Ben Yearsley, an independent financial adviser at Hargreaves Lansdown, says the key benefits of ETFs are their flexibility and low annual management charges. The iFTSE 100 ETF is charges only 0.35 per cent a year, giving a total expense ratio (TER) of 0.4 per cent, while most equivalent FTSE 100 tracker unit trusts average 0.5 per cent. The one notable exception is Liontrust's Top 100 tracker, the cheapest unit trust tracker on the market, charging just 0.295 per cent.

Flexibility is another important feature of ETFs. "You can trade an ETF any time the market is open because an ETF is a share listed on a stock exchange," Mr Yearsley says. "Therefore, pricing is continuous through the day, and a unit trust is priced just once a day. This enables investors to take advantage of movements during the day and is particularly useful in volatile stock market conditions."

Patrick Connolly, an adviser at John Scott and Partners, says another advantage of ETFs is their ability to replicate a chosen index more closely than unit or investment trusts. "Many tracker funds have shown they are not capable of tracking accurately, especially those that do not use a full replication approach but instead merely take a sample," he says. "ETFs are better equipped to deliver the same performance."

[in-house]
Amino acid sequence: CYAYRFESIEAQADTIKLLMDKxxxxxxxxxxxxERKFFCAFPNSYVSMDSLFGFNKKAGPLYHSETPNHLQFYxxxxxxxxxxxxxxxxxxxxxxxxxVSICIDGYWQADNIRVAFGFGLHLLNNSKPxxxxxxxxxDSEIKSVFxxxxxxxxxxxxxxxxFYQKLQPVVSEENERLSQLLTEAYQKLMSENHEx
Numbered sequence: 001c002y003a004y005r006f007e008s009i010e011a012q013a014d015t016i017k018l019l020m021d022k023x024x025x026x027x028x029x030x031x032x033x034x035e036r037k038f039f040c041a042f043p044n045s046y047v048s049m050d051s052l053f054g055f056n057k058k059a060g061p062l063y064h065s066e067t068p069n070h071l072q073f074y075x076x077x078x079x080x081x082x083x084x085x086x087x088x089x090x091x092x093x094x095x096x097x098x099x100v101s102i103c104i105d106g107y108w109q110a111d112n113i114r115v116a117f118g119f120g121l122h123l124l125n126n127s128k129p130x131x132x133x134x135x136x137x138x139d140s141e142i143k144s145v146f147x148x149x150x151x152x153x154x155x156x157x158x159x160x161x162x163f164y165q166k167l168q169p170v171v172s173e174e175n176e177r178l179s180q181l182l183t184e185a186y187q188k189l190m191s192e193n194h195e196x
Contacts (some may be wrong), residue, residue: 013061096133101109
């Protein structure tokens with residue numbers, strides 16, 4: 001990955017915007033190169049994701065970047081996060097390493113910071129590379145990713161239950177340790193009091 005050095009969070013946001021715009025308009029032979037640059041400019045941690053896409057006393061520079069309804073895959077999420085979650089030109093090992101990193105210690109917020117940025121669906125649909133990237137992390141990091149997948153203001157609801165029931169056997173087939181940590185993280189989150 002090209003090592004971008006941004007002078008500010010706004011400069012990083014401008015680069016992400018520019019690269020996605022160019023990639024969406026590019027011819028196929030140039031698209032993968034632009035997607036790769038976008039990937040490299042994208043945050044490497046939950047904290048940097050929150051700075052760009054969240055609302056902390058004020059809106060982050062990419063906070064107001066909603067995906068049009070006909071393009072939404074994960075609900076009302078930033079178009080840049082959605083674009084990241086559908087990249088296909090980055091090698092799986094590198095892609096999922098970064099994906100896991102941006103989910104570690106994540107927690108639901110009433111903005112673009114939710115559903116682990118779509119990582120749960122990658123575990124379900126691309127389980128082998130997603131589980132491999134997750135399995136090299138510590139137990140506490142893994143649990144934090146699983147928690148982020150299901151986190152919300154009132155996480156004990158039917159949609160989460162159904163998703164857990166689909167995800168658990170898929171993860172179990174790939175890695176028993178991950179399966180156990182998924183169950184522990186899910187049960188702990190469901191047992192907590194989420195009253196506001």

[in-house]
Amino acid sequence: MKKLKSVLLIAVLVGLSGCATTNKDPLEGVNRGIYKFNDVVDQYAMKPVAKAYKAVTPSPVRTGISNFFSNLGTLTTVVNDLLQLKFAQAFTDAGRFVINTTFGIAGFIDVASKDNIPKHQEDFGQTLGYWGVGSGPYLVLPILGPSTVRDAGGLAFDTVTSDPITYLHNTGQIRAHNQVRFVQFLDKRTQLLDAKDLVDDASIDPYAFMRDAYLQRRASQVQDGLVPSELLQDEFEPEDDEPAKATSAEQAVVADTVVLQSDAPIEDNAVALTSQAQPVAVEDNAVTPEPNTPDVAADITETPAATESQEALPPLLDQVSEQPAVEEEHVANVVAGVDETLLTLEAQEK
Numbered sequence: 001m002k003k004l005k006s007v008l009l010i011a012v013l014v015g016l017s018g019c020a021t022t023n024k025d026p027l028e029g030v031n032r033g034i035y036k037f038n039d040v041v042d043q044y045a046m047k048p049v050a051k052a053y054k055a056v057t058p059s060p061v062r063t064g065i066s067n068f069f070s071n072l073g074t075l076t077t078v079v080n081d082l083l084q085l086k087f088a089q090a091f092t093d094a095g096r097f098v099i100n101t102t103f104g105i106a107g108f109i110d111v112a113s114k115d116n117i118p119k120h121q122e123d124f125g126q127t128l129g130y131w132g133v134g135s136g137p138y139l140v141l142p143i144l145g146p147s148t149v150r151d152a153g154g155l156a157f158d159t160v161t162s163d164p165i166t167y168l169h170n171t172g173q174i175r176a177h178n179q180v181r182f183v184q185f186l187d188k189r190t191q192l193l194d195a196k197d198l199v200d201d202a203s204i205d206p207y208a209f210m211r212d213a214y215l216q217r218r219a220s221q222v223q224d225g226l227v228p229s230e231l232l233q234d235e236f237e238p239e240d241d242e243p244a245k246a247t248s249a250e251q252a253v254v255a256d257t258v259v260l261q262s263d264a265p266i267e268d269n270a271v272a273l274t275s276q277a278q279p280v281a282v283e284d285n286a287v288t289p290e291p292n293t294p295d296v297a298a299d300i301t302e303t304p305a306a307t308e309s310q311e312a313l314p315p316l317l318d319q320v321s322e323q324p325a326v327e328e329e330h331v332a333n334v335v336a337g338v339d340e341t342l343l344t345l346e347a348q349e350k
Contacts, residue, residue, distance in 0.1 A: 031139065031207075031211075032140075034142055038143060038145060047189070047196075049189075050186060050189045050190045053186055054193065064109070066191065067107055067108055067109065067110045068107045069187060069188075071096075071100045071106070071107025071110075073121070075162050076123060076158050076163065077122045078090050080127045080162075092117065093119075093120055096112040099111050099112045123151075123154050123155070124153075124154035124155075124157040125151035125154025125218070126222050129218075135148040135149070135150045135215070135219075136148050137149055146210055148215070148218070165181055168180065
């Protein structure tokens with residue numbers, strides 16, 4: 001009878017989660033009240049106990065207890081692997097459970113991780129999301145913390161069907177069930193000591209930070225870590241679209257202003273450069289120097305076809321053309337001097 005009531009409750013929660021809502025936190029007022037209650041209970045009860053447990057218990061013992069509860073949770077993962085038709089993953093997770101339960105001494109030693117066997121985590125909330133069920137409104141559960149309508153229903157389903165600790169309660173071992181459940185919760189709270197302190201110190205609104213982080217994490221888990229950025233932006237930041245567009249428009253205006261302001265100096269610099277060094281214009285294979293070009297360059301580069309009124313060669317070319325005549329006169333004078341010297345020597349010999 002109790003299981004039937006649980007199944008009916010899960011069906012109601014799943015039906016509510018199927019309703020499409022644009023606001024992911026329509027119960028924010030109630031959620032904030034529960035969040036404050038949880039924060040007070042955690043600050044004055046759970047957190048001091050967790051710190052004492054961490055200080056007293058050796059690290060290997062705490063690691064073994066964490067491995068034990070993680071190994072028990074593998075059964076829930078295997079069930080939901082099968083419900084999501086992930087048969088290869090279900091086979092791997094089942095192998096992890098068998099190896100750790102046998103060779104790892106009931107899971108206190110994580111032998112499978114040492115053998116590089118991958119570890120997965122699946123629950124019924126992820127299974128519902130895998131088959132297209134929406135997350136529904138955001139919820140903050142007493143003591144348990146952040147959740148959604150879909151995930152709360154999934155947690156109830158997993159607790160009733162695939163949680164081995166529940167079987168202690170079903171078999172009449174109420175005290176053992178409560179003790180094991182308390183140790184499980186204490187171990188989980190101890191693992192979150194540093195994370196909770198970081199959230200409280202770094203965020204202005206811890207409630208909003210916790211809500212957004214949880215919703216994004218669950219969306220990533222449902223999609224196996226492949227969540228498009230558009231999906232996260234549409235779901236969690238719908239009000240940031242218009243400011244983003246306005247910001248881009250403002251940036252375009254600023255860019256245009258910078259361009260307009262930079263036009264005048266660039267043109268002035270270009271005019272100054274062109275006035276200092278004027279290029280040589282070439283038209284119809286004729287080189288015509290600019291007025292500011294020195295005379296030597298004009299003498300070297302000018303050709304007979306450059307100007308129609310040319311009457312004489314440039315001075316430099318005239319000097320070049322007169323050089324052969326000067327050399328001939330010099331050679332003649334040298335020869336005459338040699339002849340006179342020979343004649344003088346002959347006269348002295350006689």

Another advantage of ETFs is that you do not have to pay stamp duty on purchases, although there is a stockbroker's commission on the trade.

ETFs are a good alternative to index-tracking funds, but there is much debate about the merits of passive management versus active fund management. The ETFs are likely to appeal most to investors who do not want to pay the extra charges to have a fund manager actively manage their portfolio and possibly still underperform. Advocates of active fund management say stock picking, rather than tracking an index, is the best way to capture returns. Although this should work in theory, not all stock-picking managers make the right decisions, so they can do worse than a stock market over a given period. And most actively managed funds charge 1.5 per cent a year.

Mr Roberts says although active fund managers can at times provide stellar returns by outperforming the index and tracker funds by a handsome margin, only rarely are these returns consistent year after year. He adds: "On the other hand, an index-tracking fund should outperform the majority of active fund managers over the long term and will return at least as much as the market, after taking charges into account. Similarly, in times of falling markets, many active fund managers do worse than the index. A tracker fund will generally not fall further the index it tracks."

But most intermediaries prefer investors to opt for actively managed funds, especially when shares are forecast to rise only modestly. Mr Yearsley says: "ETFs are good products, but I expect stock markets will move broadly sideways to modestly upward. Under such conditions it is better to have a good manager picking the best stocks in the market, so you can focus on the winners and avoid the losers."